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Indonesian polls: Almost 80pc turnout in Sabah
Published on: Saturday, February 17, 2024
By: Hayati Dzulkifli
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Indonesian polls: Almost 80pc turnout in Sabah
A polling officer attending to a voter before casting his vote at the Indonesia Consulate Kota Kinabalu, recently.
Kota Kinabalu: The Indonesian voter turnout in Sabah for its National General Election 2024 almost reached 80 per cent on Feb 11, said its Indonesia’s Overseas Election Committee for Sabah head Marwana Wardhana.

He said some 98,669 Indonesians working and staying in Sabah were identified as official voters in an electoral roll list to vote in the general election of Indonesia.

“Our voter turnout for Sabah was actually at 79.83 per cent which was also equivalent to 78,766 voters who cast their votes in designated polling stations in Sabah including at Indonesia Consulate here and the Sekolah Indonesia Kota Kinabalu (SIKK).

“In fact, the voter turnout also showed an increase of between three and six per cent in comparison to the previous general election in 2019,” he said here recently.

As for the remaining voters who did not go out to vote, Marwana said they found out that some had returned to Indonesia while some were unable to leave their premises or homes due to bad weather on that day (Feb 11), among others.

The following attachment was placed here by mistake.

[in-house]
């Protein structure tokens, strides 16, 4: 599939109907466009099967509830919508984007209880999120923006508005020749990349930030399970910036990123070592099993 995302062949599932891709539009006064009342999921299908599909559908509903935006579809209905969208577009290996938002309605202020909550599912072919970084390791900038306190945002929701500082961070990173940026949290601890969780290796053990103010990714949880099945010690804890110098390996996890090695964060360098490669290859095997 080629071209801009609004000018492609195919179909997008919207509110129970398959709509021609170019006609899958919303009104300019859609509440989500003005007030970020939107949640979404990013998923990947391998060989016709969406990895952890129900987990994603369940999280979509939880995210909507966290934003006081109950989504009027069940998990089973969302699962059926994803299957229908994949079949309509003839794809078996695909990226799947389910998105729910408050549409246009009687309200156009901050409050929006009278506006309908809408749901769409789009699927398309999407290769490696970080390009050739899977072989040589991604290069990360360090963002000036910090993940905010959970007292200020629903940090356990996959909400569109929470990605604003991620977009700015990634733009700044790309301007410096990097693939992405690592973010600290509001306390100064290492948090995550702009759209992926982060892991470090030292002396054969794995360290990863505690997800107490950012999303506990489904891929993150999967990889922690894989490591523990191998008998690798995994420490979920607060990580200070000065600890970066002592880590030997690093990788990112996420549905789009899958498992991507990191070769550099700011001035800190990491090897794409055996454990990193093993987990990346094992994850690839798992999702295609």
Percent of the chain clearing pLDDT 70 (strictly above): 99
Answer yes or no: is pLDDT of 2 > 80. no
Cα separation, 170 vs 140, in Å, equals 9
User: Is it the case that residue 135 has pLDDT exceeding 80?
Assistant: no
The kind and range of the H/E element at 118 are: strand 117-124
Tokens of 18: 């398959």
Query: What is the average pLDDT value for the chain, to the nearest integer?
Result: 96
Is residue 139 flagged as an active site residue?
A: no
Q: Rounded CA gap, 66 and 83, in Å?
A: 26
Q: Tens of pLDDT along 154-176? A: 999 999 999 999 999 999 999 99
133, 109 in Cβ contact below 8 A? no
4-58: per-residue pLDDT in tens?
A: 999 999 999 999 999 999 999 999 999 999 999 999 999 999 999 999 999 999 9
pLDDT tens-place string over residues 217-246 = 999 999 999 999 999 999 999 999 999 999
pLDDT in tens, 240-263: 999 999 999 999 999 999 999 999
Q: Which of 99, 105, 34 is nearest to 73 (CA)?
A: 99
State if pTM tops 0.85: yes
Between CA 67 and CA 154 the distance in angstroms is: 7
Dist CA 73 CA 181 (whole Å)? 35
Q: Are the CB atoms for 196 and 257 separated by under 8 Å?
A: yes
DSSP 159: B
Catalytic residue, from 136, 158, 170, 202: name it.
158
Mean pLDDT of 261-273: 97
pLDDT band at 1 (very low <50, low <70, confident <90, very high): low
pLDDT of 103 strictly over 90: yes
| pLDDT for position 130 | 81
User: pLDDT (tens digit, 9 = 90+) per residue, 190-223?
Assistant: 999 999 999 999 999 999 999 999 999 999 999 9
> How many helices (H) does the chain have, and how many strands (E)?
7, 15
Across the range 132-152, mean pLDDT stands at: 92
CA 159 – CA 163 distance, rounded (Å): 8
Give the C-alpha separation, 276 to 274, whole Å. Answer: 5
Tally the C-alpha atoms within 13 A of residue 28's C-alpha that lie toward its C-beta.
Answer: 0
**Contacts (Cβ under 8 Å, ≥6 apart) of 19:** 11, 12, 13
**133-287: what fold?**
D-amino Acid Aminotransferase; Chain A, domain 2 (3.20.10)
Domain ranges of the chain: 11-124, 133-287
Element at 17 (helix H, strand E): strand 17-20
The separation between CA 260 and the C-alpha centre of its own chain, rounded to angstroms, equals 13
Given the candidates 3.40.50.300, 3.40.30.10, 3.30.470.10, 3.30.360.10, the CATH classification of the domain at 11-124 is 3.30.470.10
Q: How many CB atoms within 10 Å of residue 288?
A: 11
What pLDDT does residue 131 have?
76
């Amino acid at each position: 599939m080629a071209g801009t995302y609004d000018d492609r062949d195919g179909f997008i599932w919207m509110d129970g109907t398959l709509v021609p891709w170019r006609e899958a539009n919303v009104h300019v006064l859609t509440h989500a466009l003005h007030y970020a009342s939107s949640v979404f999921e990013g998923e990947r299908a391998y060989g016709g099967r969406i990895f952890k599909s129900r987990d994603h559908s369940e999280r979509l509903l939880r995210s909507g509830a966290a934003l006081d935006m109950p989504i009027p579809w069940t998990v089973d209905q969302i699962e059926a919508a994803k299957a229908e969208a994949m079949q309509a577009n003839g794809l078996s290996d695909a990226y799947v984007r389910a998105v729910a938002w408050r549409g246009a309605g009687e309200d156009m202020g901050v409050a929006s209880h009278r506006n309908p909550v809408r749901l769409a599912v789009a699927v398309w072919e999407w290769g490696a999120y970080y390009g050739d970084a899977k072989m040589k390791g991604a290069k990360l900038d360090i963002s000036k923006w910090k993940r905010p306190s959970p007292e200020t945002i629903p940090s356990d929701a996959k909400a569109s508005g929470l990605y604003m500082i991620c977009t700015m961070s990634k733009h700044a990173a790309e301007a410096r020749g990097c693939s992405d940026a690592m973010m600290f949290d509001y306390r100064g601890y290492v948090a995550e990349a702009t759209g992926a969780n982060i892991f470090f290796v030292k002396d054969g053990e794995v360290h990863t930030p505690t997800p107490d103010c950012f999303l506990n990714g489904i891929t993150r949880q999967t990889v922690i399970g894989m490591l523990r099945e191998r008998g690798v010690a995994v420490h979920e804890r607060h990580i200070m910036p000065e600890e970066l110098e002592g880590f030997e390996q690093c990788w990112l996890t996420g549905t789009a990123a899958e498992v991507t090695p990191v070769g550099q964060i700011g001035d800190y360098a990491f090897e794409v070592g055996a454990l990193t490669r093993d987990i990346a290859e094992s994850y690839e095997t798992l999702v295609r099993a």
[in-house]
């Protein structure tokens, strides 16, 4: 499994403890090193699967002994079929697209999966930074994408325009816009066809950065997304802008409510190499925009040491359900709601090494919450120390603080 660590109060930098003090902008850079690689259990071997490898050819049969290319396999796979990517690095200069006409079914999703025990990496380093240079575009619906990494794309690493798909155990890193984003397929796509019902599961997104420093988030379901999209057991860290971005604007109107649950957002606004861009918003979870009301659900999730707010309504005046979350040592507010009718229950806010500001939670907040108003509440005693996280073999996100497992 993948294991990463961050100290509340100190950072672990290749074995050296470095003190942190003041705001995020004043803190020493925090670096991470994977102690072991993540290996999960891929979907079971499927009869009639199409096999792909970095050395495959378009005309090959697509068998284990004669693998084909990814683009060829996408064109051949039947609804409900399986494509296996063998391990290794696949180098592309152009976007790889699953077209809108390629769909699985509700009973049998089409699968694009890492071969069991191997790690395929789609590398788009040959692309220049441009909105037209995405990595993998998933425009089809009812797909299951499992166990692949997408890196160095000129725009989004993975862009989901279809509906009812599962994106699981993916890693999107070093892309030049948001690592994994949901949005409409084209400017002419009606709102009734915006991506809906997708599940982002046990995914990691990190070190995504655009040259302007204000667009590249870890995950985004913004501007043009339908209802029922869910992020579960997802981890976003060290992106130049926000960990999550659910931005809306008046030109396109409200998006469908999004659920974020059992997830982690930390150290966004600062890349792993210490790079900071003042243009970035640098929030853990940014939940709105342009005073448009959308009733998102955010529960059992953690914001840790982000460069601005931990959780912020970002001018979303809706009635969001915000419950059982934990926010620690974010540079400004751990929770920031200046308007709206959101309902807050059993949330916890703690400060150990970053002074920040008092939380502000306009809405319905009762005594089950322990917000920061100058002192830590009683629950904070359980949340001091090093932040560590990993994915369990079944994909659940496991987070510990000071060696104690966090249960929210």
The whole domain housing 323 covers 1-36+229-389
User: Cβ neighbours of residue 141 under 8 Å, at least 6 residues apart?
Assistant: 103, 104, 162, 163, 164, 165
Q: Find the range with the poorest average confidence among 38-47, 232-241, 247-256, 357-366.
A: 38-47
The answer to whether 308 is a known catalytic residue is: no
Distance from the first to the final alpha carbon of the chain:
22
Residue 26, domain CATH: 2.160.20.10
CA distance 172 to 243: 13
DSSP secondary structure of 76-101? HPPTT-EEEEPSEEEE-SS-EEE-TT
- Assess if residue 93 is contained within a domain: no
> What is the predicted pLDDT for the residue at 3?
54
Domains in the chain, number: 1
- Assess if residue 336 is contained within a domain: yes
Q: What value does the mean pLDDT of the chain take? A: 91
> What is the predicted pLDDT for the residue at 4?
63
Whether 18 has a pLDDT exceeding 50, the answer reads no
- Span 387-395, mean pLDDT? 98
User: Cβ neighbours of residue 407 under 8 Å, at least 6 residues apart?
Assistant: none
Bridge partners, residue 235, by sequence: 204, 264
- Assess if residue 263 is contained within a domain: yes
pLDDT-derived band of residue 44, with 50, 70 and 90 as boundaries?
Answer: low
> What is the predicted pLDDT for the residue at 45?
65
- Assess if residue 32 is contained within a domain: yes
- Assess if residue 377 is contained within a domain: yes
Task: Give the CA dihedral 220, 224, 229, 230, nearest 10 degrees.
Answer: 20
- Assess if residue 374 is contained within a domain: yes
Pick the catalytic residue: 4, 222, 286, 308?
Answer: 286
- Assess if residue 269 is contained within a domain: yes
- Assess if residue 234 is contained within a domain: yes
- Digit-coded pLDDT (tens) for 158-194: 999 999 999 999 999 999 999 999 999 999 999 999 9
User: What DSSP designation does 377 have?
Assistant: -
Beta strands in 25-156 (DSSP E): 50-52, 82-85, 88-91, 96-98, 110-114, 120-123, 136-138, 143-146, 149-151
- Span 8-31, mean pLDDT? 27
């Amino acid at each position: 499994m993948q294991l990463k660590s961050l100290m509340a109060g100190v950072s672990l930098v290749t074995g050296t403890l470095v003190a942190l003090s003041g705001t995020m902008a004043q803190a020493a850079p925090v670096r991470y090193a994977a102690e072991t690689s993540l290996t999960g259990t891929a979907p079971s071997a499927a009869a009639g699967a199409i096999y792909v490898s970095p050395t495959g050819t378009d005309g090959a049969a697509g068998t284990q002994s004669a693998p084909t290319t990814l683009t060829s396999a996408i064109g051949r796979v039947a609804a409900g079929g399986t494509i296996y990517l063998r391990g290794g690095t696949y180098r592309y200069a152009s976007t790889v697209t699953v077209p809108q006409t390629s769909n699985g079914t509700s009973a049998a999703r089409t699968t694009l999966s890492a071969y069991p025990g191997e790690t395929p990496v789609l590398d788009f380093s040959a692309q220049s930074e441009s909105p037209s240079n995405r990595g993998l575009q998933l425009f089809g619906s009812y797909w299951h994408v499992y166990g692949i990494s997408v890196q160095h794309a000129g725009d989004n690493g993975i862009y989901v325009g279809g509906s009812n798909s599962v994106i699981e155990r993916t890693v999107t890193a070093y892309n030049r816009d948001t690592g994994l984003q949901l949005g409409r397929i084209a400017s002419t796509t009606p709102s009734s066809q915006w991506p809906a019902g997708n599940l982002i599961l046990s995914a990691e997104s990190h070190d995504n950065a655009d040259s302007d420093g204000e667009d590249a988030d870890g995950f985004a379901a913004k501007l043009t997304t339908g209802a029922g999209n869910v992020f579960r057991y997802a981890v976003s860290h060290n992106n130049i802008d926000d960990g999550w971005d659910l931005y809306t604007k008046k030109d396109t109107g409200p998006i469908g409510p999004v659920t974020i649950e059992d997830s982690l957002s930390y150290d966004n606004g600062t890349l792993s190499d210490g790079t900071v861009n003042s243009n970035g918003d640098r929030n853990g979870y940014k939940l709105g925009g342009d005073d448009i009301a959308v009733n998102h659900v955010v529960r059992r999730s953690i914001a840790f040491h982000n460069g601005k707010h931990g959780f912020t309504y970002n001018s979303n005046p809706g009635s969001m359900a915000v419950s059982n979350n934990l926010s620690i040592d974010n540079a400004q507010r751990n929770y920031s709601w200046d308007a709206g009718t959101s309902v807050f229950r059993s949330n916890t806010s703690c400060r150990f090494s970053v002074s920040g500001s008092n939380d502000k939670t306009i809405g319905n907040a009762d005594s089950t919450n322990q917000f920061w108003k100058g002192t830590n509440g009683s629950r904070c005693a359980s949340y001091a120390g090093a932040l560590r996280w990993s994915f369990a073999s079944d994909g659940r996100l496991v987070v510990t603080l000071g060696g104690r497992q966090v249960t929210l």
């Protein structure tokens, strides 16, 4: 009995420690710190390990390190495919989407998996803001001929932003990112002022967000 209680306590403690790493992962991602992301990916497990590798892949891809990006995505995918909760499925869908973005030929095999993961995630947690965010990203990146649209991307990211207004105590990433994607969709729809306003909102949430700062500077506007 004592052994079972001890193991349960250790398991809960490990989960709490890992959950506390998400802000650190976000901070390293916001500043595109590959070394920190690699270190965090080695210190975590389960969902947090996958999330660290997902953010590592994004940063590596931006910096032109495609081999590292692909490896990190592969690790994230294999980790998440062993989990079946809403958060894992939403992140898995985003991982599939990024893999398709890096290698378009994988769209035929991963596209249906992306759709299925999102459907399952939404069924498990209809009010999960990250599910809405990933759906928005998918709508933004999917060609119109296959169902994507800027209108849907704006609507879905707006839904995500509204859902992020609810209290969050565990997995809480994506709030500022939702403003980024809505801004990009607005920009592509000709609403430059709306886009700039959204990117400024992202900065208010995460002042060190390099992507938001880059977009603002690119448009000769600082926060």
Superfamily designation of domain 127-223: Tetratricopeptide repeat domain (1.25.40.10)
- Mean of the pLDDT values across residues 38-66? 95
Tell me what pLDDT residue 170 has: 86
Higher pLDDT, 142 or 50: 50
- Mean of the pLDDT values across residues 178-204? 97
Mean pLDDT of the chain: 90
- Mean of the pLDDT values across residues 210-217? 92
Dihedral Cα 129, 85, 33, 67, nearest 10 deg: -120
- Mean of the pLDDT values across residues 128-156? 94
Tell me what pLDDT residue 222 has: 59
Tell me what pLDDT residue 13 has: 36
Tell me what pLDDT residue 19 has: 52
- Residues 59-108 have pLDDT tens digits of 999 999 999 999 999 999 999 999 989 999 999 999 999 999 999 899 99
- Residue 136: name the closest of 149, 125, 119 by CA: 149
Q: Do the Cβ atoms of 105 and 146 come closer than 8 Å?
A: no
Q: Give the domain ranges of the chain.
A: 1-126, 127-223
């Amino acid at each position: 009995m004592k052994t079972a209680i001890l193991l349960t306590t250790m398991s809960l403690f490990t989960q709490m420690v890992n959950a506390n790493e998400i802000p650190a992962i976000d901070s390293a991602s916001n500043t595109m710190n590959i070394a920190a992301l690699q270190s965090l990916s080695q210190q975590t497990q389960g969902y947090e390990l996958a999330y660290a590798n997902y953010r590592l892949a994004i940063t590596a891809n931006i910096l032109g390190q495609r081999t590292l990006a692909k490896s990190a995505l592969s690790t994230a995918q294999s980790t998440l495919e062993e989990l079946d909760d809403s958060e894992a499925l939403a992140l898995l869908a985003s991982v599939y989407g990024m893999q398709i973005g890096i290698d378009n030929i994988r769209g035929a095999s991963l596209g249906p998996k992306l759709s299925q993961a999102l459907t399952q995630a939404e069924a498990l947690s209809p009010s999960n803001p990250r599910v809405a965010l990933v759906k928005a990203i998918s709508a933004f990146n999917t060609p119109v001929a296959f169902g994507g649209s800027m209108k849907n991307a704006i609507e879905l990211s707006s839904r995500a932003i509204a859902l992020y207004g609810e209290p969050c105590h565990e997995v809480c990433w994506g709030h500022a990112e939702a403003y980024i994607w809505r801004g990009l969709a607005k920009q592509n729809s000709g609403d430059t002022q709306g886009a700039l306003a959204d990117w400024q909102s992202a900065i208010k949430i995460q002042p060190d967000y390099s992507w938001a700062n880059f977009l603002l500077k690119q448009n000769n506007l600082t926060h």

He said the whole process of managing and supervising the voters in Sabah had been smooth, calm and without problems.

There are 18 national parties competing in the general election and there are three main pairs of election candidates vying for president and vice president posts recommended by several parties.

Meanwhile, the Indonesia’s Overseas Election Committee member for Sabah, Lingga Setiawan said about 3,000 Indonesian voters who registered to vote at Indonesian Consulate here (1,800 voters) and SIKK (over 800 voters), had been issued with invitations a week before the voting day on Feb 11.

Hence, he said those voters who did not get such invitations to vote in the two designated voting stations, would be ushered to a help desk to check if they had registered and qualified to vote.


“If these voters (who have no invitations) are qualified and registered at other voting stations, but wish to cast votes at the Indonesia Consulate Kota Kinabalu here, then they have to wait for their turn.

 “This is because the Election Committee needs to make sure those voters who have the invitations to cast their votes first at the Indonesia Consulatebefore the others,” said Lingga who is also a Consul (Economy) at the Indonesia Consulate Kota Kinabalu here.

He said the same opportunity would also be given to those Indonesians who had yet to register but qualified to vote such as they are legally working and staying in Sabah.

However, he said the Election Committee would disallow Indonesians who come to Sabah as visitors for a short time.

According to Lingga, there are no postal votes but their polling officers would bring mobile ballot boxes to Indonesian workers at any place in Sabah so as to make sure they discharge their rights to vote.

Normally, he said the Indonesian voters would be asked to gather at one place like in plantations to cast their votes.

Of the total 98,669 voters, he said more than half come from the mobile ballot boxes in Sabah.


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